November 25, 2022 | 12:00 AM
MANILA, PHILIPPINES — Despite its success in reducing poverty, the Philippines has one of the highest income inequalities in East Asia. The World Bank says it can be addressed through policies that build resilience and promote equal access to opportunities.
The World Bank released yesterday’s report, Overcoming Poverty and Inequality in the Philippines: Past, Present and Future Perspectives, which found that the country has made significant progress in reducing poverty, with a poverty rate of 16.7 in 2018. said to have fallen to . In 1985 he was 49.2%.
“By 2018, the middle class had grown to nearly 12 million and the economically secure population had grown to 44 million,” said the multilateral lender.
However, income inequality remains high, with the country’s income Gini coefficient, which measures the distribution of income across the population, at 42.3% in 2018, one of the highest rates of income inequality in East Asia, according to the World Bank. said.
“The richest 1 percent of income earners earn 17 percent of the national income. All of the people in the bottom 50 percent receive only 14 percent in total,” says the World Bank.
The COVID-19 pandemic also reversed the country’s gains in reducing poverty and inequality, with the country’s poverty rate rising to 18.1% last year and unemployment rising in industries requiring in-person work. said that he is
As the Philippines has a long-term vision of realizing a society where no one falls into poverty under AmBisyon Natin 2040, the World Bank believes that reducing inequality and promoting inclusion are essential to the country’s national development. I said yes.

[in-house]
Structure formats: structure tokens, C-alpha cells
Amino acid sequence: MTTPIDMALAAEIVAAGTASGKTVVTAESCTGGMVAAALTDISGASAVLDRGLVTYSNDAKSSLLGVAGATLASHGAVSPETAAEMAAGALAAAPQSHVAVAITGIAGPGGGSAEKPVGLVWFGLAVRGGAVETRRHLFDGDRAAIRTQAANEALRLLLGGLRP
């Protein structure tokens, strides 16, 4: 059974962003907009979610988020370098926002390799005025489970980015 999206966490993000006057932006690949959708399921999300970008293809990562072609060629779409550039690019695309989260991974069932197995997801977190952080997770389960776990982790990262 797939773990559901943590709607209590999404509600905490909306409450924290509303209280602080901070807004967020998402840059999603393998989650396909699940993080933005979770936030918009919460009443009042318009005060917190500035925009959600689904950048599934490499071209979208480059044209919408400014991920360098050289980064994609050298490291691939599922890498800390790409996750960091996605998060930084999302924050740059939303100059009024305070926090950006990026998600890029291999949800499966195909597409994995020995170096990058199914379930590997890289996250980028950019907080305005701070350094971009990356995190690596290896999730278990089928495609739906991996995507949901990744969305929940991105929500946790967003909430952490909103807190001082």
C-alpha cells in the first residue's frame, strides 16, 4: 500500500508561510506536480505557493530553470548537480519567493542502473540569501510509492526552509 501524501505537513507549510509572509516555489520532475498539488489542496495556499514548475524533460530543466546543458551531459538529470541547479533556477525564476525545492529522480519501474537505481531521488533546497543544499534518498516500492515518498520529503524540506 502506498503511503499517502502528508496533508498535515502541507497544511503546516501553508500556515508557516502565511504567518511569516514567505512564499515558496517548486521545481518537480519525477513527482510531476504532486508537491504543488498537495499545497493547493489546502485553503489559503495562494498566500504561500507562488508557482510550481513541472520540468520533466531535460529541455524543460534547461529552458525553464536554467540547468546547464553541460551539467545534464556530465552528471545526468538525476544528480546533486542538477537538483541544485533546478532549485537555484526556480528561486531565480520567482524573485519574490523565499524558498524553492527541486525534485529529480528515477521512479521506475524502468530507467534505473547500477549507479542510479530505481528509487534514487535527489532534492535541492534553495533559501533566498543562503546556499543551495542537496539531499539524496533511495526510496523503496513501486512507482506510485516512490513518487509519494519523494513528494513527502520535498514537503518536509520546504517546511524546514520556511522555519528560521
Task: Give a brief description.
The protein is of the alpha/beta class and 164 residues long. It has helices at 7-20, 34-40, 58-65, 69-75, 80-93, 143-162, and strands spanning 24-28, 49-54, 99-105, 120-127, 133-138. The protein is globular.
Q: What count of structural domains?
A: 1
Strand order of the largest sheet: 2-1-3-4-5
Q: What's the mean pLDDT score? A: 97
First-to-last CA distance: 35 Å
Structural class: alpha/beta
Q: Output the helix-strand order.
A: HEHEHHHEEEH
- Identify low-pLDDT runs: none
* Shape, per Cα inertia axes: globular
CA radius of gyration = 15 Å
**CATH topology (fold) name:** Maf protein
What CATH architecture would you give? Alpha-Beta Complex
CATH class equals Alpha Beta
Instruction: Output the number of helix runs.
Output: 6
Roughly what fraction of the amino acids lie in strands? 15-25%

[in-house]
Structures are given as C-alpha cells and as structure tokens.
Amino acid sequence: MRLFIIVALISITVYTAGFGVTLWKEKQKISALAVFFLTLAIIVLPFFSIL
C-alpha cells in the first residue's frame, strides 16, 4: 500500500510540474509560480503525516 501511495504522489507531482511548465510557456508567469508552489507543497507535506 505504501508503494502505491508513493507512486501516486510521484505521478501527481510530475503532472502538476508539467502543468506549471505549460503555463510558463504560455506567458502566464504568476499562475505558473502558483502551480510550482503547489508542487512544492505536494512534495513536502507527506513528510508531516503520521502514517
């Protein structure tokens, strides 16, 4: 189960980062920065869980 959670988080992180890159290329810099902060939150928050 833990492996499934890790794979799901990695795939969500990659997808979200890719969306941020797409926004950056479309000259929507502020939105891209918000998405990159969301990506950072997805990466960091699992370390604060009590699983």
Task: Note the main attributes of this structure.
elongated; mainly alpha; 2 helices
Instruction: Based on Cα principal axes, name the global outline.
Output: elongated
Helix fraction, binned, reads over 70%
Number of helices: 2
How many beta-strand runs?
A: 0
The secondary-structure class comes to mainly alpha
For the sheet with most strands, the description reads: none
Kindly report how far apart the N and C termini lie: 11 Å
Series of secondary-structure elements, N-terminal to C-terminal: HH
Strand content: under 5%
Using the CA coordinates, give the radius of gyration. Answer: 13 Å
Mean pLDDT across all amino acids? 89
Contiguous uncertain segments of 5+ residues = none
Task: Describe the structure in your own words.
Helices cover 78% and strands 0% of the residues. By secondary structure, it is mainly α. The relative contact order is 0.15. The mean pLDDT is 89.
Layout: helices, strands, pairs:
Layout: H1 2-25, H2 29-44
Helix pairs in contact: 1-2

“The Philippines aspires to become a poverty-free middle-class society by 2040, but global experience suggests that no country has managed to achieve this transition while maintaining high levels of inequality. We know,” said Ndiamé Diop, World Bank Brunei Director. , Malaysia, Philippines, Thailand.
“Inequality and low mobility of opportunities across generations wastes human potential and slows down innovation. It is essential for building a thriving economy,” he said.
The World Bank said inequalities in the Philippines start before birth, particularly in maternal nutrition and health during pregnancy, and persist throughout the life cycle.
Differences continue into childhood, where disparities in access to health care, adequate nutrition, safe drinking water, sanitation and quality education determine human capital development.
“Inequality shapes later life outcomes, such as employment opportunities and income,” said Nadia Belhaj Hassain Bergis, senior economist at the World Bank. It impacts the amount of help we can provide to get the most out of it.”
To reduce inequality, the World Bank says government policies can center around healing the scars of the pandemic, building resilience, preparing for an inclusive recovery and promoting greater equality of opportunity. said.